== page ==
While hamsters are clean creatures, there are a few diseases they suffer from that could be transmitted to humans. Pregnant women, young children, and immunocompromised persons are groups that have the highest risk to catch zoonotic diseases. There’s no reason to be alerted because, from a scale of 1 to 10, the chance of catching a disease from your hamster is only a 2.
For older children and healthy adults, the risk is of just 1. With that in mind, if you do plan to get a hamster as a pet, in the following article we’ll go through some of the most common diseases that hamsters can have and how to keep the risk of infection under control.
Ringworm and LCM
Dermatophytosis, also known as ringworm, is a fungal skin infection and in humans, it may develop well-delineated areas of red, itchy and raised skin that are often lighter in the center. It appears like a ring, hence the name “ringworm.”
The fungi are transmitted by direct contact with the infected skin, dander, or fur of the pet. A person is more likely to get this disease if his or her skin is moist or damaged. The signs of dermatophytosis in hamsters can be a bit tricky. Some pets may not show any signs while others will have dry, circular, scaly lesions on the limbs, ears, head, and body.
Ringworm is the most common type of disease that can be transmitted from hamsters to people. This disease is treatable, and it is not life-threatening, but it usually takes around 2 to 4 weeks of treatment until the fungus is eliminated entirely.
Lymphocytic choriomeningitis or LCM for short is a viral infection that has very few signs. The main carriers are mice, but if your hamster gets into contact with them, it can lead to the contamination of your pet. Cases of LCM being transmitted to humans are very rare, and mostly in immunocompromised individuals where infection can be severe.
LCM is also dangerous for pregnant women since it can cause miscarriage or severe congenital disabilities if the woman is infected during the pregnancy.
Rabies and Salmonellosis
Since hamsters are very small creatures, cases of infected hamsters with rabies are sporadic mostly because they are usually killed by the physical trauma of the bite from a rabid animal. Rabies is a viral infection that affects the nervous system, and it can be fatal once clinical signs appear.
If the hamster survives the bite, it can become infected, but cases of rabid hamsters biting humans are very rare and only a few have been reported, primarily outside of North America.
Salmonellosis is an infection caused by one of the many serotypes of Salmonella, and it typically causes diarrhea, but in some instances, it can be hazardous. The bacteria is passed through the feces of an infected animal, even those that don’t show signs of diarrhea.
The transmission is by the fecal-oral route, which is why it is essential to wear gloves when cleaning the cage of your pet and to wash your hands after each play session with your hamster.
Tapeworms and tularemia
The dwarf tapeworm of mice and the rat tapeworm can both infect hamsters, with some chances of it getting passed to people as well. Both tapeworms are transmitted by swallowing infected intermediate hosts such as beetles or flies, but the dwarf tapeworm of mice can also be transmitted directly from fecal material.
With that said, infections in humans very rarely cause disease and it is often self-limiting. The adult worms will die within 4 to 6 weeks without the need of any specific treatment.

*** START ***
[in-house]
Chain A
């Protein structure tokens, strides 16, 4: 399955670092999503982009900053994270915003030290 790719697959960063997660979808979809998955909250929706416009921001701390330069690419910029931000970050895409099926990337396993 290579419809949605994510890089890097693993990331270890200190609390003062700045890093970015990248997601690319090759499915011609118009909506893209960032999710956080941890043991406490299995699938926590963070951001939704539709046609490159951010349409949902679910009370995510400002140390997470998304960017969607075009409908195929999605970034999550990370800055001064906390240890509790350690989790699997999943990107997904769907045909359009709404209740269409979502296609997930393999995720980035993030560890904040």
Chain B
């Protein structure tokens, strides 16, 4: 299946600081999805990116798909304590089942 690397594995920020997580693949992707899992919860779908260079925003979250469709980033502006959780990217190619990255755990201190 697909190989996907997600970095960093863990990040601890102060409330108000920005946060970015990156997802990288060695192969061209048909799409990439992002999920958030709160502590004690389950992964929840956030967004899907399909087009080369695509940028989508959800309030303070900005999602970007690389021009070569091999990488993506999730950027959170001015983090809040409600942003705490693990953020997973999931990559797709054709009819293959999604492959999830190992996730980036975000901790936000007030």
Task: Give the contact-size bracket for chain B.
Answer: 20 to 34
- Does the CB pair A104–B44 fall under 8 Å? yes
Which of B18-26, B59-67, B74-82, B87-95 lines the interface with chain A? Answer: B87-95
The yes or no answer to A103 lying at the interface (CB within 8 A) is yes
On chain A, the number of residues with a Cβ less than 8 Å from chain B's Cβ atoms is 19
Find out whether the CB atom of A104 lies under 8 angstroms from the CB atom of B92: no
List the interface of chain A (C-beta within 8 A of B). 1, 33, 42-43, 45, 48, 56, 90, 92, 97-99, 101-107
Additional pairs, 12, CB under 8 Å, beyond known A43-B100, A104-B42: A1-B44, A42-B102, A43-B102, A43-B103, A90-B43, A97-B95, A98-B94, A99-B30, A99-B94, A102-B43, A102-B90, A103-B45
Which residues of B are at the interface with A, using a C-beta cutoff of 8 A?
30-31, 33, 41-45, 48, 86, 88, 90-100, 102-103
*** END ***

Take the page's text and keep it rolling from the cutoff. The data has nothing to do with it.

Tularemia is a bacterial infection that is found naturally in most parts of the northern hemisphere, including Canada and the USA. It is commonly found in rabbits, hares, and rodents. When people and animals get infected, they usually experience symptoms such as fever, enlarged lymph nodes, and skin ulcer.
Tularemia is highly infectious, and it only takes 10 to 50 bacteria to infect a person. The good news is that there has only been one report of suspected transmission of tularemia from a pet hamster to a person, so the chances of your hamster having it are very slim.
Signs of illness
One way of protecting yourself and your family is to be vigilant and able to recognize illness in hamsters. Some of the symptoms include decreased appetite and activity level, weight loss, increased aggression, dull or dirty hair coat, abnormal posture, abnormal discharges from nose, eyes, and mouth, and changes in the color or consistency of the feces.
If the appearance or the behavior of your pet becomes abnormal, you should seek veterinary advice as quickly as possible to help determine if there is any risk to your health and that of your hamster.
To help keep your hamster healthy, you should make sure that it has access to clean drinking water and to the right quantity of quality feed, areas where some of our recent articles may help. Similarly, you should make sure that there are no other small rodents present in your house as that may result in pathogen transmission to your pet.
To help prevent infection, hand hygiene and cage cleaning are the key points to focus on. Wash your hands thoroughly with soap and running water after each handling of the hamster. Children should also be supervised carefully to make sure that they follow this essential step after each handling of the pet.
Similarly, the cage should be cleaned thoroughly at least once per week, and that includes removing all the old bedding and disinfecting the cage with cleaning products or special cage cleaning sprays.
Once you clean the cage with a disinfectant (such as concentrated household bleach) and you apply it to all the surfaces, you should leave it to sit for at least 10 minutes. You can then rinse the cage thoroughly with water and dry it completely before you fill it with new and clean bedding.